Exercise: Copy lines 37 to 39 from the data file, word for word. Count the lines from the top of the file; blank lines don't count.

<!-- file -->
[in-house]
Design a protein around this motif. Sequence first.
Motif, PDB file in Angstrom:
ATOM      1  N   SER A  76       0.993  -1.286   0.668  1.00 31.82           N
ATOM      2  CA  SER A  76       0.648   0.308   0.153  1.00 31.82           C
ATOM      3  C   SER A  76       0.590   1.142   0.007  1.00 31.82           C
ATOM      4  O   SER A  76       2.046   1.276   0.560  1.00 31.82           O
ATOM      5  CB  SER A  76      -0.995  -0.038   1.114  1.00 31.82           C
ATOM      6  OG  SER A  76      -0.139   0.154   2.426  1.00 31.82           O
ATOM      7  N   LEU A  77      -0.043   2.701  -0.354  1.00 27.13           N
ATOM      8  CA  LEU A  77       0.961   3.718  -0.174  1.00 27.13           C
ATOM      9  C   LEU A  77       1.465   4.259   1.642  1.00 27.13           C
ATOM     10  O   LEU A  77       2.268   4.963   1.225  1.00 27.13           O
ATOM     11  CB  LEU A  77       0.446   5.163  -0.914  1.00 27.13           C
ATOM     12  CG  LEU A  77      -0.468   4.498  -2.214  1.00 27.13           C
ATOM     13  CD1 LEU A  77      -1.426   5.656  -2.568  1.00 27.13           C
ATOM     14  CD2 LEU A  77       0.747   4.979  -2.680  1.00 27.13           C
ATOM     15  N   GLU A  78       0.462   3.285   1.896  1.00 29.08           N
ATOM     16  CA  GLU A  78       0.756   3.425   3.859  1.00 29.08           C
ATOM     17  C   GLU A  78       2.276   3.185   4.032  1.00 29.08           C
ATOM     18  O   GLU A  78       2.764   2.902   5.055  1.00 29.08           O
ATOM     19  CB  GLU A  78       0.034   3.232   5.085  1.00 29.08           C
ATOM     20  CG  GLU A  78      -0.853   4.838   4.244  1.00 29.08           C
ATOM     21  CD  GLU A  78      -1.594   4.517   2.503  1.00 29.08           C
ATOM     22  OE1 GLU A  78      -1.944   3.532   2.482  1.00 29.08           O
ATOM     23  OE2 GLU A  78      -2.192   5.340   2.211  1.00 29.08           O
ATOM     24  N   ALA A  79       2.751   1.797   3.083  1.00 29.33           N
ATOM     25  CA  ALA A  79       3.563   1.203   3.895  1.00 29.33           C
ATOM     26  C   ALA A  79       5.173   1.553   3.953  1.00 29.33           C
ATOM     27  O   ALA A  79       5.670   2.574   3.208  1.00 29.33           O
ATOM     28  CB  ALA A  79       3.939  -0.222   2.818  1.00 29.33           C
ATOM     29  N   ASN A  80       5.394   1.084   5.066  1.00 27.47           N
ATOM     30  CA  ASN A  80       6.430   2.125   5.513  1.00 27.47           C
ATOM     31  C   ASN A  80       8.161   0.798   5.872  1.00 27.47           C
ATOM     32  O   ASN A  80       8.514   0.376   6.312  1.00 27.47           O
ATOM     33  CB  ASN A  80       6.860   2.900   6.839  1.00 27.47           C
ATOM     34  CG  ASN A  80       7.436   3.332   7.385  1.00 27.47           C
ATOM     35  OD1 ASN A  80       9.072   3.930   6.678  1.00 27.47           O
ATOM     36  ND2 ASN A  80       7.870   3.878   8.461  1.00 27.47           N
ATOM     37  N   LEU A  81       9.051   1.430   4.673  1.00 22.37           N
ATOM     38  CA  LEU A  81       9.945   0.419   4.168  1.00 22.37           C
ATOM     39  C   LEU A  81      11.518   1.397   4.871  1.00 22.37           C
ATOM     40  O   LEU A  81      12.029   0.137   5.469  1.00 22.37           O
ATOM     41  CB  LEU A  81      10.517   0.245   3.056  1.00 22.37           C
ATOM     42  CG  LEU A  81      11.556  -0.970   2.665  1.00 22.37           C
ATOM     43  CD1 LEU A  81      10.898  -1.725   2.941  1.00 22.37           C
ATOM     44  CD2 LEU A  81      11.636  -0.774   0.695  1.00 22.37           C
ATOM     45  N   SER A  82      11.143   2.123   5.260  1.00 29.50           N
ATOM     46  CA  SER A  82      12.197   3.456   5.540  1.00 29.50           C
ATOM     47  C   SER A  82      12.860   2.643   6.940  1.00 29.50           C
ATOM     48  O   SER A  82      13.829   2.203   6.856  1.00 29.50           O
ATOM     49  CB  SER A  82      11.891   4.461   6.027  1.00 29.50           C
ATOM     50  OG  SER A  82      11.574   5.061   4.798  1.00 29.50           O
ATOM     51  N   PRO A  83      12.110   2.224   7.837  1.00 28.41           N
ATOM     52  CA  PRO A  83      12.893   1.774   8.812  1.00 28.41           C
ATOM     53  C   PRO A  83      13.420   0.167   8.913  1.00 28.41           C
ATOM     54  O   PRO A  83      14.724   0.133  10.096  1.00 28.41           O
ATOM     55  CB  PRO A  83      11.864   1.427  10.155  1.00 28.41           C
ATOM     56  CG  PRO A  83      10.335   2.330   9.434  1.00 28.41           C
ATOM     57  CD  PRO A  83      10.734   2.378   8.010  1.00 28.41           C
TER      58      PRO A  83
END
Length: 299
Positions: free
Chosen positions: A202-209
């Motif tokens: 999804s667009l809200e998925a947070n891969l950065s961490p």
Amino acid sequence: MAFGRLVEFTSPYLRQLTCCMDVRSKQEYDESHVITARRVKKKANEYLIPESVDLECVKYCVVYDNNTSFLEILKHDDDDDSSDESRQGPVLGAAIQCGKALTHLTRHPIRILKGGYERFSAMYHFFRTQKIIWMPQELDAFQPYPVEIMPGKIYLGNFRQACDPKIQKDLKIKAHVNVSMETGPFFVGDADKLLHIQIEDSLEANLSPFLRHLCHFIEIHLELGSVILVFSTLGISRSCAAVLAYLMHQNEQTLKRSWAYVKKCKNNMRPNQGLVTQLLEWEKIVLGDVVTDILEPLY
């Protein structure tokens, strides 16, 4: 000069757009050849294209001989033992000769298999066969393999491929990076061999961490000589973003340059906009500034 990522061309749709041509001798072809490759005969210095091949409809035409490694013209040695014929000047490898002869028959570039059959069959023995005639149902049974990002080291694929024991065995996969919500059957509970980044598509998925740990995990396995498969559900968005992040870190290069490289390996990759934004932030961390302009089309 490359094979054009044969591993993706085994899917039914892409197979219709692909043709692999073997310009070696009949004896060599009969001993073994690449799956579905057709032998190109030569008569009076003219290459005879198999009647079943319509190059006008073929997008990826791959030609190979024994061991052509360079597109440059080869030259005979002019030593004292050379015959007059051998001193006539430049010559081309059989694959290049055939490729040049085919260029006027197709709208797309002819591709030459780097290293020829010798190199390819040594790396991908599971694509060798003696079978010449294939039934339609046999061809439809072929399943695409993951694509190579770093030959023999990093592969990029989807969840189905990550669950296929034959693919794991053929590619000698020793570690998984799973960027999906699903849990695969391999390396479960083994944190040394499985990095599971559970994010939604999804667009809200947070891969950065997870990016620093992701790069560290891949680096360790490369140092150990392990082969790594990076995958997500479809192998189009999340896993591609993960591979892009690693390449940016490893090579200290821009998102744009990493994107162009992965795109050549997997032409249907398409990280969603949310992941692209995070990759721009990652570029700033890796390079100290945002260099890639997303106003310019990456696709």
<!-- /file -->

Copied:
ATOM     34  CG  ASN A  80       7.436   3.332   7.385  1.00 27.47           C
ATOM     35  OD1 ASN A  80       9.072   3.930   6.678  1.00 27.47           O
ATOM     36  ND2 ASN A  80       7.870   3.878   8.461  1.00 27.47           N